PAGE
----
June 1, 2018: Formosa moon is available for pre-order.
June 6, 2018: The first review of Formosa Moon is in!
June 9, 2018: Formosa Moon reaches #1 on Amazon’s Taiwan Travel Guide List
June 16, 2018: Commonwealth Magazine runs a sneak preview of Failure and Success in Taiwan’s LA, Formosa Moon’s heartwarming Kaohsiung Chapter.
“When Stephanie and I first realized we were in love, I gave her the talk: Specifically, that as much as I loved her, I’d always also love Taiwan, and if she stayed with me she’d have to share me with the other love of my life. Formosa Moon is a chronicle of our open-ended journey, an adventure designed to seduce Stephanie into falling in love with Taiwan.”
Notes from a Small Island meets Eat Pray Love on the Tropic of Cancer, Formosa Moon is a dual-voiced cultural exploration around Taiwan undertaken by a couple, he a veteran guidebook writer intimately familiar with the island and she, a first-time visitor who’s reluctantly agreed to relocate sight unseen.
Part travelogue, part guidebook, Formosa Moon follows the couple as they travel around the island seeking cultural exploration on a deeper level, abandoning themselves to its quirky people, convoluted history and boundless eccentricity.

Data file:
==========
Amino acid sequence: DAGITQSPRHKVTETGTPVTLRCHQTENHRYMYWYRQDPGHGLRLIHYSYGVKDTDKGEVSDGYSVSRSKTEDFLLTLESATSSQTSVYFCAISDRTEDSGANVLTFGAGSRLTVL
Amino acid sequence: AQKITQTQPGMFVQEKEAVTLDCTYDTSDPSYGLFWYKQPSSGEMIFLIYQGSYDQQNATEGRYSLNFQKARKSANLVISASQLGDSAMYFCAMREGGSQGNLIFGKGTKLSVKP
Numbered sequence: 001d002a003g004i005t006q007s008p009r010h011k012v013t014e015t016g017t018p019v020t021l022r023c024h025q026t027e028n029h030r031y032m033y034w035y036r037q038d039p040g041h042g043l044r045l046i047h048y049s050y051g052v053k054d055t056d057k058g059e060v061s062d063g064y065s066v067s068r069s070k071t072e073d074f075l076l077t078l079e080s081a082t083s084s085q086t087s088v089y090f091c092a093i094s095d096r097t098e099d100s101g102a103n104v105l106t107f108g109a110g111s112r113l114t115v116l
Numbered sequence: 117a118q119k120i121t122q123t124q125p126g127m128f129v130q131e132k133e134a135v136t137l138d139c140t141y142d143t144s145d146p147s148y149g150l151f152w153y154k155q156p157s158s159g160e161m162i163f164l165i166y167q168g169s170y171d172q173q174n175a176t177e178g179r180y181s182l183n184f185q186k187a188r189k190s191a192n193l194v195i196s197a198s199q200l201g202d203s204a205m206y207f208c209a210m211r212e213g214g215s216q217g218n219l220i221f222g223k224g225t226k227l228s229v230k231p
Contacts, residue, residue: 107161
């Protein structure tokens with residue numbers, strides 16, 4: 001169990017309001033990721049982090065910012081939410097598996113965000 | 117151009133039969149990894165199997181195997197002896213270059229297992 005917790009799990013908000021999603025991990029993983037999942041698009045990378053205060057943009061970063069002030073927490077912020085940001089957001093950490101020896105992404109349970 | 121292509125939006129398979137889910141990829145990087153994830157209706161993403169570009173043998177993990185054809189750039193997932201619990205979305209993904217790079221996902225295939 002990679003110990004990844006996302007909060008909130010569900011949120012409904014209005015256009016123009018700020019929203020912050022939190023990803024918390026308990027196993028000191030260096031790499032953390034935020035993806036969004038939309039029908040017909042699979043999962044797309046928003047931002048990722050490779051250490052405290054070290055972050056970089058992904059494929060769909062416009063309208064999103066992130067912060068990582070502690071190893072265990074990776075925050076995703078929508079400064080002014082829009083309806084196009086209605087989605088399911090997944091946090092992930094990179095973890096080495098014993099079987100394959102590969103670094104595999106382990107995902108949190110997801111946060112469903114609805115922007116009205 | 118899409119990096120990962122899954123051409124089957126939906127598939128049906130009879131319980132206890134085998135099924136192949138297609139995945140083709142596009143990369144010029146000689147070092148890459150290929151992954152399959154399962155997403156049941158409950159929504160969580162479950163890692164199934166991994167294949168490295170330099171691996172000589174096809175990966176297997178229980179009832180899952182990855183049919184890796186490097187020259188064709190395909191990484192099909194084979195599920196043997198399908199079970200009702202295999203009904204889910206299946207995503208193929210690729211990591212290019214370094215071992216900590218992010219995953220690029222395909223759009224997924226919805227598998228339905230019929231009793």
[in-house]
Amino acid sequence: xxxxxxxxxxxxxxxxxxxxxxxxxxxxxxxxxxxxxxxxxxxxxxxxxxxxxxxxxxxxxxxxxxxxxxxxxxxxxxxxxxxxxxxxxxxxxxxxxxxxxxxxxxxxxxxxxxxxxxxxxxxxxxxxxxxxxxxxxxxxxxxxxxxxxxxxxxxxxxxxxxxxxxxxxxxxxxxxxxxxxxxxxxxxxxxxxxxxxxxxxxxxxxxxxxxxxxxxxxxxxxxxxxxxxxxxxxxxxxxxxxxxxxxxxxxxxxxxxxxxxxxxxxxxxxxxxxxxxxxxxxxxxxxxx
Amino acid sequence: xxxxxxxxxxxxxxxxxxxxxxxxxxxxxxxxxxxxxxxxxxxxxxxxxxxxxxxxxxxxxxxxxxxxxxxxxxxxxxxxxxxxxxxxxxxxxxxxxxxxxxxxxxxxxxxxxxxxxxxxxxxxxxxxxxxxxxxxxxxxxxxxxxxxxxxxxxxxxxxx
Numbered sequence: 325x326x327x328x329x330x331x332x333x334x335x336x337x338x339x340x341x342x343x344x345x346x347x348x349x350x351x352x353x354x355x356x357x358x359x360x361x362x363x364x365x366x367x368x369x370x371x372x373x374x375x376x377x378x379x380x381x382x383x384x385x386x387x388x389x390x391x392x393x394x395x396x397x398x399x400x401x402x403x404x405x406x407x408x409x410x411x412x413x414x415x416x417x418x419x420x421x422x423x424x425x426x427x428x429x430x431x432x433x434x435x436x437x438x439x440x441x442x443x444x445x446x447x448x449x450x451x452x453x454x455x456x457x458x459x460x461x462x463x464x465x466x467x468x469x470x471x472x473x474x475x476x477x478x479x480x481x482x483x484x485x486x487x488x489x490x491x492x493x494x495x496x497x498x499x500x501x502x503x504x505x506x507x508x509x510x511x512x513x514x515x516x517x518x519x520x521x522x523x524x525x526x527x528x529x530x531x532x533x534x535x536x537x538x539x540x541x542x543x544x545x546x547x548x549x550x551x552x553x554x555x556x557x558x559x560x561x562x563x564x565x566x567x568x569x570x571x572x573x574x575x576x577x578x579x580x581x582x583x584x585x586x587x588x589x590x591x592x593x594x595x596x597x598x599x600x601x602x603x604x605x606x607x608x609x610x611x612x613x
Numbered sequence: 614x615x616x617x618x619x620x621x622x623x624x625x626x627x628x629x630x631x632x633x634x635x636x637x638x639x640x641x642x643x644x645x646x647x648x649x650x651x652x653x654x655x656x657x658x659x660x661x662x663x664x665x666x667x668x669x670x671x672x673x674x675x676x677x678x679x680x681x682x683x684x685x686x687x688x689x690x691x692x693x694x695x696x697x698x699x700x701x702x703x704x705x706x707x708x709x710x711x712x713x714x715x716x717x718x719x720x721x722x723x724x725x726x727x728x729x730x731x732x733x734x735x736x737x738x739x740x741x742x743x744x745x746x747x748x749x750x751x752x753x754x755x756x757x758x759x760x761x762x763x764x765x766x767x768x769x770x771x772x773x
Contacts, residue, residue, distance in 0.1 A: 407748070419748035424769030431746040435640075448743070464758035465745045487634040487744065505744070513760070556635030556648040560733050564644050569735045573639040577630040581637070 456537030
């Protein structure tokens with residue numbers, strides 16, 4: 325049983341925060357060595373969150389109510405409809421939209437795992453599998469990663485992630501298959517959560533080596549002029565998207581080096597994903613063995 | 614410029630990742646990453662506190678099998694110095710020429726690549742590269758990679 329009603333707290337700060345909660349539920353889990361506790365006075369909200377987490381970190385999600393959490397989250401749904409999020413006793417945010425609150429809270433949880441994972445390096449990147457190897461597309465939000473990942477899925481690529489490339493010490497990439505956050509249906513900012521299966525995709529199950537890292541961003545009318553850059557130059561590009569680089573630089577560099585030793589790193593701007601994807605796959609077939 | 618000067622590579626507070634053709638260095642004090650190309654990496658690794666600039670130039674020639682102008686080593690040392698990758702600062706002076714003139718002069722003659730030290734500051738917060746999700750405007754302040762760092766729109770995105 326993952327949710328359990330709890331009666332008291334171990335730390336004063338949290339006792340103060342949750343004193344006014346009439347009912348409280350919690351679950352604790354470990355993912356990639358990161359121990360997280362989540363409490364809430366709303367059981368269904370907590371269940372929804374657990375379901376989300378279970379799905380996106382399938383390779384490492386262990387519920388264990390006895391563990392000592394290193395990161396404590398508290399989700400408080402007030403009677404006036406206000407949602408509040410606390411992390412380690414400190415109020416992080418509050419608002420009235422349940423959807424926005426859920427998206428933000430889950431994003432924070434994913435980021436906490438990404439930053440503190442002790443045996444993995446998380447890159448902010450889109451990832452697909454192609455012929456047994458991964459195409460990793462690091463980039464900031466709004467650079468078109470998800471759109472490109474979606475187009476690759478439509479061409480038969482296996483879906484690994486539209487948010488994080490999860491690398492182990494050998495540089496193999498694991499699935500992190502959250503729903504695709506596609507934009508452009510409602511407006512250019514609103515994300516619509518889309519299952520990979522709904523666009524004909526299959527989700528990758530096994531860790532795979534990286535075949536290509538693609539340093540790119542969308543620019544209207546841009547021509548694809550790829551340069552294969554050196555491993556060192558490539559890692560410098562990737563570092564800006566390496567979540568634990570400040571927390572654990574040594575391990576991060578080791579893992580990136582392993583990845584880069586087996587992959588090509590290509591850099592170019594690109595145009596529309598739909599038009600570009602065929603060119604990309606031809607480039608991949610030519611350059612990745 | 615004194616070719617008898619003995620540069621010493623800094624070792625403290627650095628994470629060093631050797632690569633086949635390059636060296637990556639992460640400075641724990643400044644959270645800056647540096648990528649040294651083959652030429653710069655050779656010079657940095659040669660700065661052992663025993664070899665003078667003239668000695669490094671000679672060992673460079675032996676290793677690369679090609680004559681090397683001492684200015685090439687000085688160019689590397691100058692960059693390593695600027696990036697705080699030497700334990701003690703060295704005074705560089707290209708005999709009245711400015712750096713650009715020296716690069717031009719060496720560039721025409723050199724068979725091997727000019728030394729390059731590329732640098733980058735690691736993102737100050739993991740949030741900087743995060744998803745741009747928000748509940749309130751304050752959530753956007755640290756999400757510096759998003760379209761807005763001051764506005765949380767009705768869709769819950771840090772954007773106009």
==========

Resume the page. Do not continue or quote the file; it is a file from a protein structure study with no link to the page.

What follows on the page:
Formosa Moon inspires readers to explore Taiwan on a deeper level while simultaneously offering practical information on visiting – and perhaps even expatriating to – one of Asia’s most under-the-radar destinations.
Publisher: Things Asian Press (http://www.thingsasianpress.com/)
Publication Date: October 1, 2018.
#1 Release in Taiwan Travel Guides
Target Audience: Travelers and readers of guidebooks and travel literature. Readers specifically interested in Taiwan and expatriate life in general. Taiwanese readers interested in seeing Taiwan through western eyes (Chinese translation planned for 2018).
Book Reviews for Formosa Moon
Formosa Moon is a singular book, a quirky mix of memoir, travelogue, and practical travel information. It’s well written, immensely likeable, and informed. I started the book thinking the switching of the text passages between the two authors would get old by the end, but it didn’t. Nor was it ever confusing: there are circular portrait icons of Brown and Huffman marking each change of the baton. The pairing of new eyes with an old Taiwan hand works beautifully. Of course, having a good idea and executing it effectively are two different matters. This is where Brown’s writing talents come in. He has a good nose for anecdotes, story hooks, segues, and funny phrasing.